“We worked with experts from the HSE, using sample documents which we annotated with rich semantic information. A small sample of documents was initially marked up manually using NaCTeM’s annotation environment by HSE experts and then used to train NaCTeM’s deep learning models– effectively teaching it to become a health and safety expert.”

In building the system, searching was enriched with annotations and content terms based on the HSE’s unrivalled knowledge of safety in the construction industry. Then labels were assigned related to broad categories such as hazards, materials, equipment, physical environment, environmental conditions, body part injured, construction activity, etc. These types were further refined - hazard sub-types include ‘public protection issue’, ‘struck’, ‘welfare issue’, etc. This fine-grained information enriches the document collection and is automatically extracted.

As well as helping the construction industry develop a much faster, data-driven approach to risk assessment, HSEarch has the potential to bring wider benefits for the HSE and for the ‘bigger picture’ of avoiding harm at work. “By analysing the unstructured text in other types of health and safety reports, text mining tools based on state of the art natural language processing techniques will enable us to easily access the wealth of knowledge of our inspectors,” says Tim. “Each inspection report is written by an inspector applying their knowledge and experience to a specific scenario. Text mining allows us to analyse reports collectively rather than individually.”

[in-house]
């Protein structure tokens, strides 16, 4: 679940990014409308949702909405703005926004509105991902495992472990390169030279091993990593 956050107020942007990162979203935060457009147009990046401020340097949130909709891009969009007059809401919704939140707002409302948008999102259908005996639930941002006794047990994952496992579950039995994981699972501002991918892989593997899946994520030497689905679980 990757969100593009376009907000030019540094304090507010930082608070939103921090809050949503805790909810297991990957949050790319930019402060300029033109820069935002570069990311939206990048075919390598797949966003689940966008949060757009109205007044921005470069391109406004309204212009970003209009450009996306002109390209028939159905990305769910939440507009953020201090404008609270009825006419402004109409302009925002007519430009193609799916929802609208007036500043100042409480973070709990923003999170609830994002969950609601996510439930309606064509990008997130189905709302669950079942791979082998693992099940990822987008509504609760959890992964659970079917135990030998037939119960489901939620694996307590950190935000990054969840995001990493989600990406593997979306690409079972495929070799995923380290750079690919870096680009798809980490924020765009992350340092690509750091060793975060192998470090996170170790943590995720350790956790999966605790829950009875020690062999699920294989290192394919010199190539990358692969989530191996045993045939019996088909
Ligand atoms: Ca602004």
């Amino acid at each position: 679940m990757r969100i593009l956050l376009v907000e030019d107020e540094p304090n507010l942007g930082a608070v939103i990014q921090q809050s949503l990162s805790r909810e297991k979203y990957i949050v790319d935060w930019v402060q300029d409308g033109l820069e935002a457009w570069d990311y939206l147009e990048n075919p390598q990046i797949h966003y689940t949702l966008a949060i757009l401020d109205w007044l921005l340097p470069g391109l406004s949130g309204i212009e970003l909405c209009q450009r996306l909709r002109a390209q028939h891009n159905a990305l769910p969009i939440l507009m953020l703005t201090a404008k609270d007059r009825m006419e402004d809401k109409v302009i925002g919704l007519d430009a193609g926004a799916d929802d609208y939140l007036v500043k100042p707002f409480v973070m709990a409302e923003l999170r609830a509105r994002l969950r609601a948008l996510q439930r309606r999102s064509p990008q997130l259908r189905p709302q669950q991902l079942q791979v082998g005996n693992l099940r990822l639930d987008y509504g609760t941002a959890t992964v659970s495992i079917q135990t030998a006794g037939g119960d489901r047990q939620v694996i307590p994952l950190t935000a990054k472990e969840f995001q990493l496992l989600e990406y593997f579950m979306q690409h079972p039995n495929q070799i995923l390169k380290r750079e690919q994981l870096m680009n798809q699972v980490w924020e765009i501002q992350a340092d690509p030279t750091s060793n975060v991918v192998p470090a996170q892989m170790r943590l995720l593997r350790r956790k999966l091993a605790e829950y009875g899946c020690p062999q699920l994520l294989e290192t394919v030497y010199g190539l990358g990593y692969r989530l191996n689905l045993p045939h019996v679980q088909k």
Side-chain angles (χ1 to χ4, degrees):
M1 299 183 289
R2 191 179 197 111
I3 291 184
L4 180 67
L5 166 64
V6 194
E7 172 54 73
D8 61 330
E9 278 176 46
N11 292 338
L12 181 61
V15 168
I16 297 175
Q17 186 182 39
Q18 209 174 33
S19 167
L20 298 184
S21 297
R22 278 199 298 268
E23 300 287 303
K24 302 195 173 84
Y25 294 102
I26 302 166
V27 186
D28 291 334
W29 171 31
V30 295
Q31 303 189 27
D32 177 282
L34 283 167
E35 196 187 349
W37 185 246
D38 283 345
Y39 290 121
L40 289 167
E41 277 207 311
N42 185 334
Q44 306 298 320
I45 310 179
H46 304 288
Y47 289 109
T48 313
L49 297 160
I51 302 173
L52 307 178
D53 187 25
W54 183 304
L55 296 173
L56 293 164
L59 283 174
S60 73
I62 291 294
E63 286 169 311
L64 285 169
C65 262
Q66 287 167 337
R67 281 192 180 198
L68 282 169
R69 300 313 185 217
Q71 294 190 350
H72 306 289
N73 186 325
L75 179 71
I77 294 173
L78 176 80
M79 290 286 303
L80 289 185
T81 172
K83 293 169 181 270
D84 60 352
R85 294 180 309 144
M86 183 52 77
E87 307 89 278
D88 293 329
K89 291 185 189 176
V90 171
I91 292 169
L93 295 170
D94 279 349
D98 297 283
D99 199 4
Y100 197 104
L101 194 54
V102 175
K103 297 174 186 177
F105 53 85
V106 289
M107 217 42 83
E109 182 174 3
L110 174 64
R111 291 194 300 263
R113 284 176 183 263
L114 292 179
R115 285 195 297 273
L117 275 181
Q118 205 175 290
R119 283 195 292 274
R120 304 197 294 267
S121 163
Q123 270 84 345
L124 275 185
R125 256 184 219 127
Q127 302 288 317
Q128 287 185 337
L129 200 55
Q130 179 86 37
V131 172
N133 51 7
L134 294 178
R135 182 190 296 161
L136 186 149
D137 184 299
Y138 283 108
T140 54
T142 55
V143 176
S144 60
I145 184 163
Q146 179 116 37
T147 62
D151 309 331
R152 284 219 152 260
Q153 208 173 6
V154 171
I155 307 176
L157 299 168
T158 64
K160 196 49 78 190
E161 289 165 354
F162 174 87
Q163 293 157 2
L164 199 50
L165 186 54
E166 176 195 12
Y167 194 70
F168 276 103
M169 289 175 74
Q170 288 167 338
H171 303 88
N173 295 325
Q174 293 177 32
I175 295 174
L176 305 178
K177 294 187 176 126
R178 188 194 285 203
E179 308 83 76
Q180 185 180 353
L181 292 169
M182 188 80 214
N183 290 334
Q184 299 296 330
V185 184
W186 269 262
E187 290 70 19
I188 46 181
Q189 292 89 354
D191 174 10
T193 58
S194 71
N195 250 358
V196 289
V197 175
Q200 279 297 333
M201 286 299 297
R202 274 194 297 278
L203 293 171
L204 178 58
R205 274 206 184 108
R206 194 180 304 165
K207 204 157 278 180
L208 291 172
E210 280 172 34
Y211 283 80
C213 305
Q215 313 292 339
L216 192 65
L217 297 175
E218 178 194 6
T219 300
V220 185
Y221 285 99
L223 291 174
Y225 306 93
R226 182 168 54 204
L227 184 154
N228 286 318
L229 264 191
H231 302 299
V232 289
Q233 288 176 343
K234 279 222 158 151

“By extending the capabilities of the tool we hope to go much further in exploring the reasons behind accidents and incidents, perhaps with an intelligent recommender system that links activities, equipment types etc. So, if you’re looking for information on harm that results from people falling from scaffolding, the system might also suggest that you look at harm resulting from objects falling too.”

The system behind the RIDDOR Text Analysis Tool can be tailored for use in any industry. The next steps will include engaging with construction companies to develop the system further, then taking it wider, to other industries. Discovering Safety would like to hear from people in construction and in other industries who want to explore the potential of text mining in improving safety. If you would like to get involved, please contact discoveringsafety@hse.gov.uk.

Click on the video below to watch Emrah Inan, Paul Thompson and Sophia Ananiadou (Manchester University) and Tim Yates (Health and Safety Executive) introduce the new semantic search system in our Technical Showcase.


If you think that using semantic search capabilities could help your industry, please get in touch with Sophia:


Sophia Ananiadou